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Bulgaria Built a 5,150-HP Electric Hypercar and it’s Out of This World

This concept takes inspiration from Darth Vader's helmet and USAF fighter jets.

In our roundup of 2017’s best and worst hypercars last year, we declared that the 5,007 horsepower, 16-cylinder Devel Sixteen was the worst of the group. Besides having a seemingly-undrivable amount of power, it was the worst offender in the current trend of small companies producing hypercar concepts and renderings and never actually building the vehicles, or building a one-off concept study. Thankfully Devel showed us proof that it wanted to produce its satanic supercar, but there are still plenty of startups out there generating a lot of hype but rarely ever a car.

We’re interested to see where the new Alieno Arcanum lands on the spectrum of hypercar fact or fiction. This Lamborghini-like vehicle was unveiled Friday by Alieno, which was founded in 2015 in Sofia, Bulgaria, and claims that it builds “hypercars from the future.” Looking at the Arcanum’s detailed press release, this car seems to be the real deal and not some alien conspiracy, although those videogame-like renderings aren’t helping its case.

The Arcanum, whose name means “the secret of the secrets” in Latin, is an all-electric, two-seater hypercar capable of 303 miles per hour in its most powerful form. Alieno is offering four variants of the car, denoted by their Raw Power (RP) indexes: the least powerful RP2 has 2,575 horsepower (mechanical) and 3,245 pound-feet of torque, the RP3 has 3,433 hp and 4,366 pound-feet of torque, the RP4 has 4,291 hp and 5,458 pound-feet of torque, and the top-tier RP5 has 5,150 hp and 6,549 pound-feet of torque. It looks like the new Tesla Roadster has some competition. 


This ridiculous power and torque output comes thanks to Alieno’s direct drive powertrain, which features a minimum of three and a maximum of six electric motors (depending on RP) powering each wheel. This multi-motor system means the Arcanum has some excellent active torque vectoring and can provide all of its torque at any point in the rev range, from zero to maximum rpm. 

These motors are powered by Alieno’s own battery made from a combination of Graphene LiPo cells and supercapacitors. Buyers can choose from three different batteries, each with a different role. The 180-kilowatt-hour Street battery pack provides maximum range at 634 miles, while the 120-kilowatt-hour Track battery is optimized to allow for several miles on the track and not much else. The 60 kilowatt-hour Race battery is used to shed the most amount of weight from the car. Depending on the battery used, the Arcanum can run one to three full laps of the grueling 12.9-mile Nordschleife circuit at the Nürburgring on a single charge.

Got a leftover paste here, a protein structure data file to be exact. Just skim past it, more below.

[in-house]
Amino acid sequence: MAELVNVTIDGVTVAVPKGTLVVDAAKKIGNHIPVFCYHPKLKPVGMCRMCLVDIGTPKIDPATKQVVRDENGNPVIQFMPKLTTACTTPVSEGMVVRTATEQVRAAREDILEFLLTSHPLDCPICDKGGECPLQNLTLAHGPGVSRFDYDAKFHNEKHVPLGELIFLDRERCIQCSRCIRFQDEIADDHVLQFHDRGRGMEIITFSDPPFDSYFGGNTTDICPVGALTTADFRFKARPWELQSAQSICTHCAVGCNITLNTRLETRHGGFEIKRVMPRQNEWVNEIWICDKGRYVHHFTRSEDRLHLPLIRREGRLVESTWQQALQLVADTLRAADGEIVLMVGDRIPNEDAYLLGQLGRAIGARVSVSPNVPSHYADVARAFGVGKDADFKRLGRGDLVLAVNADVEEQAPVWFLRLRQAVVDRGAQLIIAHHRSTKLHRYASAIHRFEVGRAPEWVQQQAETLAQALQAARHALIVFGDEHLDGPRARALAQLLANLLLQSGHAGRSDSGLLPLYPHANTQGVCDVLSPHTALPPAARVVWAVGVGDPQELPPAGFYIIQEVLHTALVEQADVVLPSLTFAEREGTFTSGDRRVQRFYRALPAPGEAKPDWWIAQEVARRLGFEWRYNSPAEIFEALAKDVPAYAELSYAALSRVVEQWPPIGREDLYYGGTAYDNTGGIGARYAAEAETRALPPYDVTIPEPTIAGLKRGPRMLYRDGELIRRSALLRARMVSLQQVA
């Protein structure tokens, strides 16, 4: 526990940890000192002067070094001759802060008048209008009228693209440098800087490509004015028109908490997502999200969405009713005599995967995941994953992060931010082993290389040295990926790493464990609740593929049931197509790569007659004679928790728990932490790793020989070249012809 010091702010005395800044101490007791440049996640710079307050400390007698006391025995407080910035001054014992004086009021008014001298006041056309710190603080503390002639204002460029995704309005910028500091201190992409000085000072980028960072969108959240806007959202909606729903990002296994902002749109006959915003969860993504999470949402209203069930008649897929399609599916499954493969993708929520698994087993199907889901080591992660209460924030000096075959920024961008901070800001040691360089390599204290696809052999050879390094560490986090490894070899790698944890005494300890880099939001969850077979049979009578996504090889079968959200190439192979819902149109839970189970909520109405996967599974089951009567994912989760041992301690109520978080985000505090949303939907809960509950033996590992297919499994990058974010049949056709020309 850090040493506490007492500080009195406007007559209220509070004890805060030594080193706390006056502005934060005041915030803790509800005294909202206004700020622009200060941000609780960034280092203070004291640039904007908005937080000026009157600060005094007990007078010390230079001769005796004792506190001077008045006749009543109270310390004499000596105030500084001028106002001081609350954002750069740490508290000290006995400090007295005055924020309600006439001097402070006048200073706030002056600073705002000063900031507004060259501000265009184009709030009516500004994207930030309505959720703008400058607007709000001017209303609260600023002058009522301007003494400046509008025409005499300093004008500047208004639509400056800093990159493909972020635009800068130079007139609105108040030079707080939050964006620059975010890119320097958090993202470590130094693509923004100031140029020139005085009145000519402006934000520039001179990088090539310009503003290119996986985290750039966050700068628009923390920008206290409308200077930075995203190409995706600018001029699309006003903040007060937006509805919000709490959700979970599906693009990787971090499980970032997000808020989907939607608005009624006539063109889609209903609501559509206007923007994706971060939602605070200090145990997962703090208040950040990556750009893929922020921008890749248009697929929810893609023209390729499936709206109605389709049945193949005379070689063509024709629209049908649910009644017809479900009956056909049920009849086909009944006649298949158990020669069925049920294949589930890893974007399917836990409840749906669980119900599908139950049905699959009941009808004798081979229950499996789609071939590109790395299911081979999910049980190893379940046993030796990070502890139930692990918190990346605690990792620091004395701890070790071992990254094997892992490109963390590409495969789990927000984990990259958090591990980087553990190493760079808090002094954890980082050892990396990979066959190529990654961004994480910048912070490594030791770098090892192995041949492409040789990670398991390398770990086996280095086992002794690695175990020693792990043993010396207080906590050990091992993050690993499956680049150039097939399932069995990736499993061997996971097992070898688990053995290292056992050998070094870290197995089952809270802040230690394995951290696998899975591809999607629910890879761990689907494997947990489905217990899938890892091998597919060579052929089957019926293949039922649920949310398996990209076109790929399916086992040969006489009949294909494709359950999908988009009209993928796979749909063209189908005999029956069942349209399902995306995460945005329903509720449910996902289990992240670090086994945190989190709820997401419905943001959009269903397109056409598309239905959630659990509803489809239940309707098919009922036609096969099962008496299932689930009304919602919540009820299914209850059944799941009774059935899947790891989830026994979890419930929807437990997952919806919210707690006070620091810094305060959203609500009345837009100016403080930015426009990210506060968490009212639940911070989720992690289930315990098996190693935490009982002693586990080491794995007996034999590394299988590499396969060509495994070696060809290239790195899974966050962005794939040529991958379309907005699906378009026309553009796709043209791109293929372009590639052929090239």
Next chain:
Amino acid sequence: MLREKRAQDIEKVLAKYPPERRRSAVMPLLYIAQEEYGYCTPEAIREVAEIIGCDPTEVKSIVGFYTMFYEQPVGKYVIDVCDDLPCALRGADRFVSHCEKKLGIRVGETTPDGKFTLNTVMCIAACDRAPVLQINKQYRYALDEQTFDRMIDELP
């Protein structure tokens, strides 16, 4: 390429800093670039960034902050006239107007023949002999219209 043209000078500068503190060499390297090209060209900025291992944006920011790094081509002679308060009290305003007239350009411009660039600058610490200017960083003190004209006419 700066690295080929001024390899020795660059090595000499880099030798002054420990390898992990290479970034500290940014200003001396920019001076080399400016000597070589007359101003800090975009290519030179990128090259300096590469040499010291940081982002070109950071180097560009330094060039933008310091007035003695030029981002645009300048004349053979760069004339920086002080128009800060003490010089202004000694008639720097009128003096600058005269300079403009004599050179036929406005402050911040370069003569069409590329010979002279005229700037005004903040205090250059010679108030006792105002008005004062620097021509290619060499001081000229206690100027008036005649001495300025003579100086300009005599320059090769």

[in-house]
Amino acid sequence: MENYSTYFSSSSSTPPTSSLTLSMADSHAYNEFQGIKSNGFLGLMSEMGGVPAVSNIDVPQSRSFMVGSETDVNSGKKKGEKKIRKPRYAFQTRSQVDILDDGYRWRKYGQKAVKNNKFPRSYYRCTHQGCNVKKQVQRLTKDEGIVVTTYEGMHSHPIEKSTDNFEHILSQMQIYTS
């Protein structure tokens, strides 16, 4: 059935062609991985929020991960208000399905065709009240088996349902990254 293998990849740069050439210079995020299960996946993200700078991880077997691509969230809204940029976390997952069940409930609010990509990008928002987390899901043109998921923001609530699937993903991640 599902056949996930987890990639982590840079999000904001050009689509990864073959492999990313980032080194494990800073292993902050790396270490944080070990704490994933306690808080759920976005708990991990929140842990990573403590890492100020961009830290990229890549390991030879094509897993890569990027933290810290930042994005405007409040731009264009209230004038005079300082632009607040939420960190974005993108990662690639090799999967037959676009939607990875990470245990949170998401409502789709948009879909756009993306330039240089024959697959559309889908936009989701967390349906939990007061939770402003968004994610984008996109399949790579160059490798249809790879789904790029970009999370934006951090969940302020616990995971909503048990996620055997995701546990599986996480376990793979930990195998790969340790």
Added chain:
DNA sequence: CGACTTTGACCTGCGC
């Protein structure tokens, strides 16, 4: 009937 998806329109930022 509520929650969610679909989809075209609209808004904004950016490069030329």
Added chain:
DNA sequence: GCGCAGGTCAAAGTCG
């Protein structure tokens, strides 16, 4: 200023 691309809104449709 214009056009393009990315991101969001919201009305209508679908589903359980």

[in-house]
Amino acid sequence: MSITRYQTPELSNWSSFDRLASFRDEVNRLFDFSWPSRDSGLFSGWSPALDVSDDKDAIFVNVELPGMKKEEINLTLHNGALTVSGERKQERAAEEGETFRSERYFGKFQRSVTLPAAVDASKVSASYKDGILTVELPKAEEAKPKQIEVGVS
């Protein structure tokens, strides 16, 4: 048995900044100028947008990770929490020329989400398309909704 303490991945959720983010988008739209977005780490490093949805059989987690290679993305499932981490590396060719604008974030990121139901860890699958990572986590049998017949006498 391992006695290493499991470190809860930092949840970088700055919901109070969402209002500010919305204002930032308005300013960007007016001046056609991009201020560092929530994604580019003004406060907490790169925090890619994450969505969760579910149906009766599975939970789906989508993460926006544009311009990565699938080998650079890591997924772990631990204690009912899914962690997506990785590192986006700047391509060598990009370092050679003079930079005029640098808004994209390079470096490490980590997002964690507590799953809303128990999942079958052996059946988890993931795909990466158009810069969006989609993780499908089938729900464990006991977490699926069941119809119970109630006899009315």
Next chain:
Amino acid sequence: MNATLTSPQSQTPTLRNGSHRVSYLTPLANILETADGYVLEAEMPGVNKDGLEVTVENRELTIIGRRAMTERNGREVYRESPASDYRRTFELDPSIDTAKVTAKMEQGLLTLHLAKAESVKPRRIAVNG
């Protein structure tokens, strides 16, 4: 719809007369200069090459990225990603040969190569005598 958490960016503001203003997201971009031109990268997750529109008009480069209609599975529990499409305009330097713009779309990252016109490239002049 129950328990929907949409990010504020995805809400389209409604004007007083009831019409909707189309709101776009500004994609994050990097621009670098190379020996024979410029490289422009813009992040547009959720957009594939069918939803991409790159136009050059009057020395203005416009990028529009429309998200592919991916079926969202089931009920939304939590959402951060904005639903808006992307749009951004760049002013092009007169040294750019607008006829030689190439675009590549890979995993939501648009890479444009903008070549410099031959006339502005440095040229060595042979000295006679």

Another dimension to the Arcanum is what Aliena calls “modifications,” denoting the car’s homologation type. The Street modification is street-legal and homologated for global sale. The Track variant is an unrestricted vehicle designed exclusively for, well, the track. Arcanums in Race configuration adhere to the FIA’s World Endurance Championship restrictions for the LMP1 class, as Alieno wants to race the hypercar at the 24 Hours of Le Mans.

Every Arcanum will be made from a carbon fiber monocoque chassis with a Kevlar bottom, weighing from 3,571 to 6,349 pounds depending on the variant, battery, and modification. 


While the Arcanum might look like a weird cross between every hypercar Lamborghini has produced, Alieno’s Chief Design Officer Encho Enchev says the company took inspiration from U.S. military jets like the SR-71 Blackbird, F-22 Raptor, and F-117 Night Hawk, as well as Darth Vader’s helmet design. 

“Like everything else we do at Alieno, our goal with the model Arcanum was to create something unique, something that you do not see every day and something with unmatched performance,” Enchev explained. “The Arcanum model combines sharp edges and smooth curves at the same time, which contributes to the creation of a unique and very distinctive design. The whole car looks like a sculpture and all the elements are actually functional and not just a decoration.”


In terms of the driving experience of a 5,000-plus horsepower car, Alieno’s Chief Test Pilot and Chief Sales Officer Ivan Kirov had this to say: 

“The challenge comes from the fact, that we not only had to do something extraordinary, in terms of the power of the car, which was of course very difficult technically in the first place but we also and mainly had to make it usable. What I mean by that is, that we had to utilize this power, in such a way, that it could be used by the car and the driver…And here comes the biggest challenge in creating this car, as we had to make sure we were creating a user-friendly car, which is drivable. Not only drivable but also pleasant to drive. Easy to drive, smooth, fun, enjoyable, safe or simply flawless. Superior in every way, to what we have seen or driven so far. Just perfect. Everything in this car happens logically. The maximum acceleration is easily achievable, by anyone who buys the car. The car is the safest one on the road in any term. It is amazingly stable and maneuverable…The biggest challenge was to make the car behave like a normal car, so it can give the most driving pleasure to anyone and thus help to provide the highest safety.”

Ivan Kirov

In addition to the battery and variants, customers can also choose their own wheels, rear wing, interior trim, steering wheel, seats, and other components that Alieno will reveal later. Each car is hand-built at the company’s factory in Bulgaria. Pre-orders for the ARCANUM are available now, with prices starting at about $882,000 for the RP2 and reaching $1.8 million for the RP5.